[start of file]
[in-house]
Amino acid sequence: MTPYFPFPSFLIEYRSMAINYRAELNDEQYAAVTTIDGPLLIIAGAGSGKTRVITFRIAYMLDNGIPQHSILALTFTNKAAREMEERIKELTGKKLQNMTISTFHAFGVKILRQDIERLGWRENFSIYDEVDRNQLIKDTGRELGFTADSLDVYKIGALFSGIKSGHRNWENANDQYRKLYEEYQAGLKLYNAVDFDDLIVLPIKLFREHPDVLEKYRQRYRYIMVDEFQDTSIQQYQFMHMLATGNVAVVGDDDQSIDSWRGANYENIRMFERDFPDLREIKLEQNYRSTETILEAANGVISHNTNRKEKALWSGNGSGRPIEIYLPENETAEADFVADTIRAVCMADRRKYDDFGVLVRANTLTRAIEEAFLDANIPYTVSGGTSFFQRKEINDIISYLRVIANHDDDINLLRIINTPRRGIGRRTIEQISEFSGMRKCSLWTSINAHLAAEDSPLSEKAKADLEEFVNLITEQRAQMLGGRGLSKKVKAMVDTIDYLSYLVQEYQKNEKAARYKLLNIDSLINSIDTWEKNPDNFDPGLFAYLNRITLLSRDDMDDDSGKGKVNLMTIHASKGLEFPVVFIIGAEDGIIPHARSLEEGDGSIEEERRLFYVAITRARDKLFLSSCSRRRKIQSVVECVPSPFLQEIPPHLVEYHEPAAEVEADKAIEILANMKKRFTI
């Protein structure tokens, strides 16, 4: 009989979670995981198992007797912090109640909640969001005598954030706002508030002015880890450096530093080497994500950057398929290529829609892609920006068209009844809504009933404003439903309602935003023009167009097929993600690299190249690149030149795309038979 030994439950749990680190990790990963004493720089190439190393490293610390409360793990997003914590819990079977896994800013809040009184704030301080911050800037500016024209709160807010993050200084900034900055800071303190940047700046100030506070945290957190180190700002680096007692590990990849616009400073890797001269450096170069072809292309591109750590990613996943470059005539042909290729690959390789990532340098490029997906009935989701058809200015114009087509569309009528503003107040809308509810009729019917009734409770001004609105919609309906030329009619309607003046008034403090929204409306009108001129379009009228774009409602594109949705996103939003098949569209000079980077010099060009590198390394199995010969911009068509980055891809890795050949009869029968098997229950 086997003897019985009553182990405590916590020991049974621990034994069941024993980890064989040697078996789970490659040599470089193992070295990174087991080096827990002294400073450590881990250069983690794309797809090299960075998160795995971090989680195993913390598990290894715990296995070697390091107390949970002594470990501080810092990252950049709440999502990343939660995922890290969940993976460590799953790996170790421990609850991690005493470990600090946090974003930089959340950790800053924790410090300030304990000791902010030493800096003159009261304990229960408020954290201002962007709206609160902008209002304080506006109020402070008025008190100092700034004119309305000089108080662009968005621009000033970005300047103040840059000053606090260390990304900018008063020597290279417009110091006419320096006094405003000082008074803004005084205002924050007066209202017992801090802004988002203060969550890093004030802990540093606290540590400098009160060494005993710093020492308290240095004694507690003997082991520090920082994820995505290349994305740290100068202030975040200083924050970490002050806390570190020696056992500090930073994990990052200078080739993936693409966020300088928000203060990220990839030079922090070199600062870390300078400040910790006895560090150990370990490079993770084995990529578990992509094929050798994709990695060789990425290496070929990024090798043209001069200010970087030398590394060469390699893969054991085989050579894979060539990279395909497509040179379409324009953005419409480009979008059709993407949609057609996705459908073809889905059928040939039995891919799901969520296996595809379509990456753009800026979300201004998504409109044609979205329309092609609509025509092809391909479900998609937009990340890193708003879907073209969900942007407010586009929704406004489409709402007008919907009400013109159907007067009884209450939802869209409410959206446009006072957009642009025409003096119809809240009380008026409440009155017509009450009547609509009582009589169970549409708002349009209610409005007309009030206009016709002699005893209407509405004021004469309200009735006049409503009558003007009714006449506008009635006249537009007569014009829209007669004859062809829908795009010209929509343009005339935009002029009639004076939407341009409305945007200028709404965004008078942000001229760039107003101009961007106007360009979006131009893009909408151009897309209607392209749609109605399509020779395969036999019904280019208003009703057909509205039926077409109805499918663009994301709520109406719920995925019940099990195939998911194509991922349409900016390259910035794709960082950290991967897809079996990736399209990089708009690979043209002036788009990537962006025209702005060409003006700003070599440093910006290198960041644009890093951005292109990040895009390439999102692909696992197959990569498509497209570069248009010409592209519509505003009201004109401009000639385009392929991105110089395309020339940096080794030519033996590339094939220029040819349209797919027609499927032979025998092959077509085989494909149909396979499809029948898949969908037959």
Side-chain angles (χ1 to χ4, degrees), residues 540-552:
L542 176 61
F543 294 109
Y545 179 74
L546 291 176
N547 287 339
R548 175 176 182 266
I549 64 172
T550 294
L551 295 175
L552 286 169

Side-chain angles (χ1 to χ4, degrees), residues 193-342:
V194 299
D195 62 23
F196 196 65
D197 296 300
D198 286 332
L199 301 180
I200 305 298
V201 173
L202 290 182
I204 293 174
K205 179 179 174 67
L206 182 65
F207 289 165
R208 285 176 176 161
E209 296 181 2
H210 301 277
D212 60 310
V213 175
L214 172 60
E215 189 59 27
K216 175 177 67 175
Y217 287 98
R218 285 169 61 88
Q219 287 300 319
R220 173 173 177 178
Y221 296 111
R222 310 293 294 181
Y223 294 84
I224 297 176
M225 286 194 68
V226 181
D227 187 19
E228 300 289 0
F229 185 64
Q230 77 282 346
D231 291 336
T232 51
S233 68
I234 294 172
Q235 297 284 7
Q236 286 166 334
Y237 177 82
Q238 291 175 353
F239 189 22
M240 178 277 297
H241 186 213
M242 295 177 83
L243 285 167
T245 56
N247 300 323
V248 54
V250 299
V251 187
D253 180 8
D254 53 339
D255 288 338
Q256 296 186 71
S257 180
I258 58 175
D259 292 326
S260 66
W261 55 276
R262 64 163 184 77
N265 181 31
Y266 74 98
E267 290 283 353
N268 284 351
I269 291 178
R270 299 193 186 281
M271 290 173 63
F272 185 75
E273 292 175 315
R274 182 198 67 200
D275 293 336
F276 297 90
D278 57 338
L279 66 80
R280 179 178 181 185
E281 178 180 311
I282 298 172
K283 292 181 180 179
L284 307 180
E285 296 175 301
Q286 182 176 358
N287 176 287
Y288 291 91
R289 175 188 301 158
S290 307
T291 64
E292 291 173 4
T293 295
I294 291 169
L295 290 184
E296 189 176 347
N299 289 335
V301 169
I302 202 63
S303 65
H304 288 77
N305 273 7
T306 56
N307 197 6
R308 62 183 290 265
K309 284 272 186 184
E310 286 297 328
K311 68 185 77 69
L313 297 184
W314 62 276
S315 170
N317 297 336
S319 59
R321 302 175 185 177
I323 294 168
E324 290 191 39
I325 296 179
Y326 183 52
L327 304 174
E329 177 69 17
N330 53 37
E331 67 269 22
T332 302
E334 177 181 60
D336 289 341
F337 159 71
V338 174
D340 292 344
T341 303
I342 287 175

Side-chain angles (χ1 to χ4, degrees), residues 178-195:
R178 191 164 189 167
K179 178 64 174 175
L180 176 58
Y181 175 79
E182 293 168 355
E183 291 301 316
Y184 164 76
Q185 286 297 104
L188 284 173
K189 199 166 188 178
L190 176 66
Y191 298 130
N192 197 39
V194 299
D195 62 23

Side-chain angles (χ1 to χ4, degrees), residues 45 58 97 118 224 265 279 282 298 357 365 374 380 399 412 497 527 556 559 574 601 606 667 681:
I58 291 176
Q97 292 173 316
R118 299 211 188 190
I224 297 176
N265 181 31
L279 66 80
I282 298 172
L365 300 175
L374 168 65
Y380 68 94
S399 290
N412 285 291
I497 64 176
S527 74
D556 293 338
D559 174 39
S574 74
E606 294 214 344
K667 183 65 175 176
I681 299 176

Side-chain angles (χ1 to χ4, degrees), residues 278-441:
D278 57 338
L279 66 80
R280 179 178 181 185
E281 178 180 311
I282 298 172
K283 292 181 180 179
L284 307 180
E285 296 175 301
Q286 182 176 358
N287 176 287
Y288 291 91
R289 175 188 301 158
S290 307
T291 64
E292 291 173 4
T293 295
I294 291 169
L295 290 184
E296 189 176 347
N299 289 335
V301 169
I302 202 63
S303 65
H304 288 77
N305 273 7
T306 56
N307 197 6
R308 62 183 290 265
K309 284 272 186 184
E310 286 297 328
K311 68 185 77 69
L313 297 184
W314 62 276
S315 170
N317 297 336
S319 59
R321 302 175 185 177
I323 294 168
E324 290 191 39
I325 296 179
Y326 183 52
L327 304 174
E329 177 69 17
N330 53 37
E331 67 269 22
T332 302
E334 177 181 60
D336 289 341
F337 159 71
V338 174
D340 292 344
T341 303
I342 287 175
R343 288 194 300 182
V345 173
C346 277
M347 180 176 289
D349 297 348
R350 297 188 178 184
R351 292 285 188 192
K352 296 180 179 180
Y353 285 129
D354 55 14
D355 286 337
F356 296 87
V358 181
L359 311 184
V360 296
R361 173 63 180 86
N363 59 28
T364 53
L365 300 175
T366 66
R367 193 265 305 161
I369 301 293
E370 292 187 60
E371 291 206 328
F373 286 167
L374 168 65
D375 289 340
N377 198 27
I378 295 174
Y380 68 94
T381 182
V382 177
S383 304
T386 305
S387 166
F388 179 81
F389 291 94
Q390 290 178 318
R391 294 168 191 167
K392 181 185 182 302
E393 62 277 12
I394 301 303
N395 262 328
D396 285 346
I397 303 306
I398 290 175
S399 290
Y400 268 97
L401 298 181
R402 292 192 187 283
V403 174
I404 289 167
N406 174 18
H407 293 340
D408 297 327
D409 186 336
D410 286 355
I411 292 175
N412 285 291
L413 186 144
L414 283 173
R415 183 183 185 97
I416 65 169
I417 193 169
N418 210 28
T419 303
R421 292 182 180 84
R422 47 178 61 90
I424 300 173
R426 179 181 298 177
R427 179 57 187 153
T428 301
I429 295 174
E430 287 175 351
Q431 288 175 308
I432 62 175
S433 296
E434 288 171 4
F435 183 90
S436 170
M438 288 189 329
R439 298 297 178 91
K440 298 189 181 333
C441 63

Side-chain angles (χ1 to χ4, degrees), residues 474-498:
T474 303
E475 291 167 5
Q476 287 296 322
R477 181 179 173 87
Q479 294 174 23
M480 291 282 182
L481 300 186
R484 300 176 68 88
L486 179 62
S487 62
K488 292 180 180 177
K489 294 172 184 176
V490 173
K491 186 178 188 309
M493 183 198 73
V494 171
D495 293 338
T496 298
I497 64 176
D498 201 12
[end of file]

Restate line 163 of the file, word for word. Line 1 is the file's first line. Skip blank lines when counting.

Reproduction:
R118 299 211 188 190